Friday, May 7, 2010

The rookery is thriving

It's been so long since I've paddled in calm waters that it felt like a brand new experience to me. The winds were nothing more than a puff of air today and the sky was cloudless as I got on the water at 7 am. The heavy fog I drove through on the Tamiami had faded quickly as I loaded the boat with mosquito netting cinched around my neck. And it was hot. By the time I got off the water at 11 am, it was 90 degrees.

With an oil invasion threatening the Florida coast, I paddled and enjoyed the pastel colors drawn by the sun on the surface of the calm bay waters. The water was clear and awesome, and I wished for one things, that the container box sent 1 mile below the surface of the water works. I thought of the birds and their future. I wanted them to fly as far away as possible, hoping that they and all the others survive this catastrophe. The gulf waters will not be the same for decades and who knows what all the damage will be. I finally let the visions of tar balls and oil sheen go and began to enjoy the moment. The quiet and peace was exactly what I needed as I paddled gently, but earnestly across the bay toward the rookery islands. The sun was rising fast and I wanted to be with the birds.

As I got closer, I noticed a mangrove island full of off-white birds. Ibises maybe, but not egrets. Ah, even better, they were roseate spoonbills, about 20 of them. I took out the camera in the hot humidity of the morning and my lens promptly fogged up. I paddled, rubbed the lens, paddled closer, rubbed the lens some more and then I dropped the lens cloth. It was exposed partially to salt water and dang if I didn't have a spare. I tried to rub the lens with the dry portion of the cloth but I only made things worse.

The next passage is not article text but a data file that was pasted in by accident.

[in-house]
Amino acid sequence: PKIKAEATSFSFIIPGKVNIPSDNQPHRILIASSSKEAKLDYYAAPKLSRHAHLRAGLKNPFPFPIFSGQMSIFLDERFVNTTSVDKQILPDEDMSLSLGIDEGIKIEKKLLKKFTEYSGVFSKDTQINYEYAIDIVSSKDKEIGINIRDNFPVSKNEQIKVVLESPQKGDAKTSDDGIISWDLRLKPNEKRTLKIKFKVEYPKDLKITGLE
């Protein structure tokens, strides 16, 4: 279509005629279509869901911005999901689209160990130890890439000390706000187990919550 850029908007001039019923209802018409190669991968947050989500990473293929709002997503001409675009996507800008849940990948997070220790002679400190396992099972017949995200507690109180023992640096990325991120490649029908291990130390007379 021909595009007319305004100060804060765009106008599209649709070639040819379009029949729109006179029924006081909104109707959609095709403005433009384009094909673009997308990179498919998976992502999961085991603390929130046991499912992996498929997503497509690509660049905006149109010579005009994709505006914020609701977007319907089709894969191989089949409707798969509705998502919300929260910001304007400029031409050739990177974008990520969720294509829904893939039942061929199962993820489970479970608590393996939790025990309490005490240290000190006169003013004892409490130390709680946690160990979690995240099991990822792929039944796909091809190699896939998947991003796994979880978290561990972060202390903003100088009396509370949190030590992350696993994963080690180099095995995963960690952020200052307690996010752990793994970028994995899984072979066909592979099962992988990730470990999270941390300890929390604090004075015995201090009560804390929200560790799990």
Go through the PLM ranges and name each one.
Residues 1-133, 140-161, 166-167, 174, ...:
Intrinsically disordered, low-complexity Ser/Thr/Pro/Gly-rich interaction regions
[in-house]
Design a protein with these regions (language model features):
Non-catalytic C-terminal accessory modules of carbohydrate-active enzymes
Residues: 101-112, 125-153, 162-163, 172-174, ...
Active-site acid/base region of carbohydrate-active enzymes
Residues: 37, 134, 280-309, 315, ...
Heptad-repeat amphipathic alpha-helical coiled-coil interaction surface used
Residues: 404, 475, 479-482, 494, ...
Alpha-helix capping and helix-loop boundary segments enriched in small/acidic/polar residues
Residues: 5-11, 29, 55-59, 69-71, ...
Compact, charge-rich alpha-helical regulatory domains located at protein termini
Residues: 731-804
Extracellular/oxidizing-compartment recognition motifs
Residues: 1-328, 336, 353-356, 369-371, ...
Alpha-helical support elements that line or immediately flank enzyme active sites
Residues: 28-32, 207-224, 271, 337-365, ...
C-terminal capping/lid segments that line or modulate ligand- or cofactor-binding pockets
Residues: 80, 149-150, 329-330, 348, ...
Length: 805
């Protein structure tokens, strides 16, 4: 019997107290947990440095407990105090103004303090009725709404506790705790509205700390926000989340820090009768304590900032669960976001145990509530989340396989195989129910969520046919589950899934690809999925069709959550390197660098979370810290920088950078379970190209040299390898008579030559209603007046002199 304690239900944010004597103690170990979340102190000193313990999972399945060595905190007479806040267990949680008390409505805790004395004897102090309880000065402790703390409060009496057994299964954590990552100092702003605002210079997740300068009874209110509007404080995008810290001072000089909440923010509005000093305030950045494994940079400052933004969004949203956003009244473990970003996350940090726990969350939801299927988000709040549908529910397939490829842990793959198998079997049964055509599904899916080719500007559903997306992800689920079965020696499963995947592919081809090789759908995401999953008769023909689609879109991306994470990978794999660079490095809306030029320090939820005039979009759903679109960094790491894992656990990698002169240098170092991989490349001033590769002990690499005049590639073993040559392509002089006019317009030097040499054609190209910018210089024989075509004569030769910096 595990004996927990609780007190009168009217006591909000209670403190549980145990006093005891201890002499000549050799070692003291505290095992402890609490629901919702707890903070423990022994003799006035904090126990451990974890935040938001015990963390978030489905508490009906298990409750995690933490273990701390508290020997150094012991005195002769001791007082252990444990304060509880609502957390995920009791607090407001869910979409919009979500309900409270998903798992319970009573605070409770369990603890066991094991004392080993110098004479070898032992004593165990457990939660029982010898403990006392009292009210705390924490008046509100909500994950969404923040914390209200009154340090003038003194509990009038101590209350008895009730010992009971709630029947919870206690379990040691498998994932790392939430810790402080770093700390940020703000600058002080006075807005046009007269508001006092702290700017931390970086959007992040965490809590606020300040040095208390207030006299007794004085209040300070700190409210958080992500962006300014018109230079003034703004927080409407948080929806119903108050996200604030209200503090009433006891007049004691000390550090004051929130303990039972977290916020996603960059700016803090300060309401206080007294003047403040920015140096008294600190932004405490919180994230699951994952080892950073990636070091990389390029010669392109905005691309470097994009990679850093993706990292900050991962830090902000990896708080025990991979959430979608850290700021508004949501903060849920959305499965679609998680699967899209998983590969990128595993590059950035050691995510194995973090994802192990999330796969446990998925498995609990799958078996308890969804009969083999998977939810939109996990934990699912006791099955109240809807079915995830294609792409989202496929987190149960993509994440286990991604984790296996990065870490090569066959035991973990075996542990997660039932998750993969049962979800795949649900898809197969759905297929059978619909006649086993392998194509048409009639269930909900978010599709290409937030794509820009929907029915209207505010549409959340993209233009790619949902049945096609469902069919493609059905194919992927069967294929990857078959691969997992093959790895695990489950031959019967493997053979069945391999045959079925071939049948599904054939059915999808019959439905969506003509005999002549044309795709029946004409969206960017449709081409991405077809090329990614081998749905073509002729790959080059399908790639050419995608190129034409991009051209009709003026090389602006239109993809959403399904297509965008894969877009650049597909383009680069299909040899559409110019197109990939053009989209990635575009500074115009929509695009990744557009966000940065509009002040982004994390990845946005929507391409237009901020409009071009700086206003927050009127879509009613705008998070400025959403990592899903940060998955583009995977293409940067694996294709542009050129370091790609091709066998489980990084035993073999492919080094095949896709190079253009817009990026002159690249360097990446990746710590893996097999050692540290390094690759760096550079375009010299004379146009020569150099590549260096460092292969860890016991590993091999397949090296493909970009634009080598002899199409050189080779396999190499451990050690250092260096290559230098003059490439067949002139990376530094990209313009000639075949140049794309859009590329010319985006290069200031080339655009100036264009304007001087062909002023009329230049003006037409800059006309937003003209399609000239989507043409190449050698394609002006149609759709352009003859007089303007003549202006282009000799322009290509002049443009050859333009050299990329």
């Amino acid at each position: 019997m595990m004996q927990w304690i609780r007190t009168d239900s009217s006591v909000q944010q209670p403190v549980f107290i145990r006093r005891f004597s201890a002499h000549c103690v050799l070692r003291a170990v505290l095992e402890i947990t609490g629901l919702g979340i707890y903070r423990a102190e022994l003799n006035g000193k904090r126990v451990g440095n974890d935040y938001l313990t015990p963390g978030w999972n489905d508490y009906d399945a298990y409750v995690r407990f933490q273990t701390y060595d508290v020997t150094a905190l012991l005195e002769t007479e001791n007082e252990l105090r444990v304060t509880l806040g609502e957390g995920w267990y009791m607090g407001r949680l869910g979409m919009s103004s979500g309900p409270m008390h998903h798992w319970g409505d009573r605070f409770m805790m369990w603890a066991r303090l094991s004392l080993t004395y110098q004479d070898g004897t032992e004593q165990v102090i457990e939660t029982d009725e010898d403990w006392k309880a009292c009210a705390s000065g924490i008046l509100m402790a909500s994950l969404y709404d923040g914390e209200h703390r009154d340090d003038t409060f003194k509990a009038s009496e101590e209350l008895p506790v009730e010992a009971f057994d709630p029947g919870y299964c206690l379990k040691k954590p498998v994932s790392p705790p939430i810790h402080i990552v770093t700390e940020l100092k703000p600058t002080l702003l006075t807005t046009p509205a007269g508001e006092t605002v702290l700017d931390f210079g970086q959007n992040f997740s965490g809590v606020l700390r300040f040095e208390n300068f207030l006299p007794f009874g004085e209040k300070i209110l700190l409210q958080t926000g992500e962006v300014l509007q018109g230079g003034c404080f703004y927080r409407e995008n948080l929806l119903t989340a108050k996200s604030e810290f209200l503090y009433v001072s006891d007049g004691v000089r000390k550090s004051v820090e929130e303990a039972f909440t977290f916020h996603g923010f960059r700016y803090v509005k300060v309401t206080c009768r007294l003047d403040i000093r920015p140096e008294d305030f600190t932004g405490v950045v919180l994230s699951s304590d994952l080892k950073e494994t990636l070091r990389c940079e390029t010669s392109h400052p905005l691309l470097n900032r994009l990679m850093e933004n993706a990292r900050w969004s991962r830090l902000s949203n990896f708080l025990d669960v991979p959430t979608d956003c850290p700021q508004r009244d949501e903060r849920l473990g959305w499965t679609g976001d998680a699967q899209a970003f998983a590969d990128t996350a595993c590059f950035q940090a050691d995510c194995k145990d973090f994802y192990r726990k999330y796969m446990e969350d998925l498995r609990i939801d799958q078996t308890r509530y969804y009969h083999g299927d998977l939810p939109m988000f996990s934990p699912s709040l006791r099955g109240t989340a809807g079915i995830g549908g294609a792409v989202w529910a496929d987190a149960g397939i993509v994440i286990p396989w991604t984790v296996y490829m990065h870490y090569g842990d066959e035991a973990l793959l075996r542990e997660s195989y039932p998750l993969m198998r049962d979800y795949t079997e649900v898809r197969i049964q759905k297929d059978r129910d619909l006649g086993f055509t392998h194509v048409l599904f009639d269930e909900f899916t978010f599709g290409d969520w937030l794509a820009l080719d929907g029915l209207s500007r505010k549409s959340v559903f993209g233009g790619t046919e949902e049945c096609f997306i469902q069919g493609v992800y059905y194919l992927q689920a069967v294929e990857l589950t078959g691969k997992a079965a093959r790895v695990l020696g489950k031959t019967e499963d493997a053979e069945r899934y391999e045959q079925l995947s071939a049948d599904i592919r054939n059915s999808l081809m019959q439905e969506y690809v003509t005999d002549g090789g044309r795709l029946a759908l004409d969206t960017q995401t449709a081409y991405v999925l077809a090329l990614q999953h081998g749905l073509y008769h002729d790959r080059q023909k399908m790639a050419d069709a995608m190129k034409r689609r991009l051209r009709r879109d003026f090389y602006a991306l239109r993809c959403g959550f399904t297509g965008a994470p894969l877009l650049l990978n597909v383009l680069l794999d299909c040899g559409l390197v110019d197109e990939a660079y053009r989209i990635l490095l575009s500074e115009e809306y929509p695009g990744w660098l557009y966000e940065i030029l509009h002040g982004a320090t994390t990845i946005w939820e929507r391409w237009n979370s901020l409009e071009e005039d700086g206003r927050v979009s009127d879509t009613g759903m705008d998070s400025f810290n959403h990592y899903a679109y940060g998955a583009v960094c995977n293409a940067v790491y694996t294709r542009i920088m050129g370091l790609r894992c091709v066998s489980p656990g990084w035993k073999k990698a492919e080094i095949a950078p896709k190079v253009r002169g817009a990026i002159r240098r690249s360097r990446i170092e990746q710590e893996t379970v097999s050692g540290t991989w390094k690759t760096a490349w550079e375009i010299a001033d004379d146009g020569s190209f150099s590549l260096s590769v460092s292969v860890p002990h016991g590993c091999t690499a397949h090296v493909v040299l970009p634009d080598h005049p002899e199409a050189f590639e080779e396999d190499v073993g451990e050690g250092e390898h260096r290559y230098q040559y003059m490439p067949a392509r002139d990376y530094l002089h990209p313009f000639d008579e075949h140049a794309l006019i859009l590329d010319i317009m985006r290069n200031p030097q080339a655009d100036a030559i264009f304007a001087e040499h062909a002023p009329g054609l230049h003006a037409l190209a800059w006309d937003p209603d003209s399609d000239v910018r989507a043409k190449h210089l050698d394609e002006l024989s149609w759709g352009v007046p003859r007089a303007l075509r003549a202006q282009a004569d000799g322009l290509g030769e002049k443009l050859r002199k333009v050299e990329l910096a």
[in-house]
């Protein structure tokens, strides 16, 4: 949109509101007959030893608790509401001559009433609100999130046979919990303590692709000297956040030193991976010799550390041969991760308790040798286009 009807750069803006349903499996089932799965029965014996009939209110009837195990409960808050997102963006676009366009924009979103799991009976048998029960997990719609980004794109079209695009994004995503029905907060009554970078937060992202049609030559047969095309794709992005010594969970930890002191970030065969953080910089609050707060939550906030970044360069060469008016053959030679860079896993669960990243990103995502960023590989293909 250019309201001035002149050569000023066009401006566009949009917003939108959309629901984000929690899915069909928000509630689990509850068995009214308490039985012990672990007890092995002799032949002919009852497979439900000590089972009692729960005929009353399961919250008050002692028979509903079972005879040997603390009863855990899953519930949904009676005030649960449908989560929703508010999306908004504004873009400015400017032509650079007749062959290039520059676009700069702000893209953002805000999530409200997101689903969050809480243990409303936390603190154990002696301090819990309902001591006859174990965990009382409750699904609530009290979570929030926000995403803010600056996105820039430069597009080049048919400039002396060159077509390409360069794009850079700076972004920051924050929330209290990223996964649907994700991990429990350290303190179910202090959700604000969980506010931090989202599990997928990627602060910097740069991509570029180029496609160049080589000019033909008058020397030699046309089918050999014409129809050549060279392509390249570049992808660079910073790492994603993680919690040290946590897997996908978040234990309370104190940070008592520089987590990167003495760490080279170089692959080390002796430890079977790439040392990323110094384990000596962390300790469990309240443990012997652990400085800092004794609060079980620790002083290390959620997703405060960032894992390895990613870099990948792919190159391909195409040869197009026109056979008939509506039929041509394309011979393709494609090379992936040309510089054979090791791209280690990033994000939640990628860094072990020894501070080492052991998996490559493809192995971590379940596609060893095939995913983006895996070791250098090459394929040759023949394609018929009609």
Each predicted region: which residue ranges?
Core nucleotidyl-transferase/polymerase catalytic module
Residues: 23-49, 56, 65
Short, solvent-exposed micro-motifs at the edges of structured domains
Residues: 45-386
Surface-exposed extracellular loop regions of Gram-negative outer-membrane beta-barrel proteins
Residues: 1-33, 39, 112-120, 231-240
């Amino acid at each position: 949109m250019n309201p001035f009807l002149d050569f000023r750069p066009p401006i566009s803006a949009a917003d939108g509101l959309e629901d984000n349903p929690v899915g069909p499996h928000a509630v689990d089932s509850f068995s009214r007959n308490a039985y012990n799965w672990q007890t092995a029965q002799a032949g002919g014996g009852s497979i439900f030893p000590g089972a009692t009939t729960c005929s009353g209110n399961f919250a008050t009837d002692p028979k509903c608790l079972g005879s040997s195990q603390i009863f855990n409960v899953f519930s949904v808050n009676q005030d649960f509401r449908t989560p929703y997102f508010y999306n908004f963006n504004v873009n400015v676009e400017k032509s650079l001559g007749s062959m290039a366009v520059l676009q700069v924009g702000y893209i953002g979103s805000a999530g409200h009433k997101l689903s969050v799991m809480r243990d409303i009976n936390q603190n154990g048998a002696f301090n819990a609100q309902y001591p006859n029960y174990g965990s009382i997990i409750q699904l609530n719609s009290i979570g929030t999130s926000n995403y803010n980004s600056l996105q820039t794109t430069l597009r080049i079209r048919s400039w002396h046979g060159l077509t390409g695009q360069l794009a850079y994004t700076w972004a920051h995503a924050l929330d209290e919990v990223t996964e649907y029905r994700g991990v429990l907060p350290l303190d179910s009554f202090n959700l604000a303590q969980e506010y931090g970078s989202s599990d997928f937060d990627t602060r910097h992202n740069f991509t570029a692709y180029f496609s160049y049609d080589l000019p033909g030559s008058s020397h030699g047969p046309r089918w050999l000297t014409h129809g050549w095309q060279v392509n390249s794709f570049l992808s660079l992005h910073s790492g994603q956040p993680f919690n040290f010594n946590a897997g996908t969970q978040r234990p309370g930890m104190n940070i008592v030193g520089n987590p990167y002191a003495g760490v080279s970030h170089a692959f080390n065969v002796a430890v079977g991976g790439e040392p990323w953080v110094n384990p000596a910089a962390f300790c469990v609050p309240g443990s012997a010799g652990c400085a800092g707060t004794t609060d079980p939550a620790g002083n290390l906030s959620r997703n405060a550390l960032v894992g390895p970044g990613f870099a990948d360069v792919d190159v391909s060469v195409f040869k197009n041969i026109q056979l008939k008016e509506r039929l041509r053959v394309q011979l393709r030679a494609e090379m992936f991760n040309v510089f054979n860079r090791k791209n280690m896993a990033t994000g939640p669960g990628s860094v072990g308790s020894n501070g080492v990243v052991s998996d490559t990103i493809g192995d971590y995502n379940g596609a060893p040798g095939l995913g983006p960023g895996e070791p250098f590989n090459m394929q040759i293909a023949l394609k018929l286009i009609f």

The pink birds were resting, not doing much else, so I thought I'd move on to the rookery before the sun got too high for flight shots. From a distance, I saw dozens of white birds intermingled with dozens of brown pelicans. The rookery appeared to be thriving. I wanted to see some baby birds in number. Sure enough, the little pelican I photographed last time was bigger and more easily defined among the mangrove canopy. Mom sat next to the baby, almost always facing away from me, but every once in awhile the baby would prop up and look my way. A little feathery dinosaur, it will be a few more weeks before it starts flying.

The great whites were in great number, and many babies were seen sticking their scraggle heads out now and then, beaks jabbing the air waiting for mom to fly in with food. The sounds of the rookery were over the top. I saw a couple pairs of baby pelicans in another tree (the lighting was no good) and they were quite active and noisy. They became the loudest among the cacaphony of bird sounds; at times they sounded like cows mooing.

The morning wore on and it got hotter. The clouds never once covered the sun, there were too few of them. For the first time since visiting the rookery this year, I was completely alone with the birds. I recorded the sounds for several minutes with my voice recorder, something I play back when at home and wishing to be at the rookery.

As always, the Everglades is full of surprises. Today, I photographed a nesting Wurdemann's heron, among all the great white egrets. A beautiful version of the great blue heron, sort of a cross between the great blue and the great white, it had a nest, but there was no sign of babies yet. If I am lucky, I may get to see them on the next visit.

I paddled back to the launch site with the voice recorder playing back the sounds of the rookery. The calmness was so different from my last visit when I paddled into 20 knot head winds. Head winds, summer storms, bugs, I don't care, bring them on. That's the Everglades, and I hope the Everglades is spared.


  1. Hi Connie, I've seen that morph heron for awhile at the rookery and wasn't sure about it. So it's a Wurdemanns, I look it up in my Sibly book of birds and there it was... Thanks. I believe we are talking about the same rookery?

  2. Hi Rich, as far as the rookery is concerned, you know it!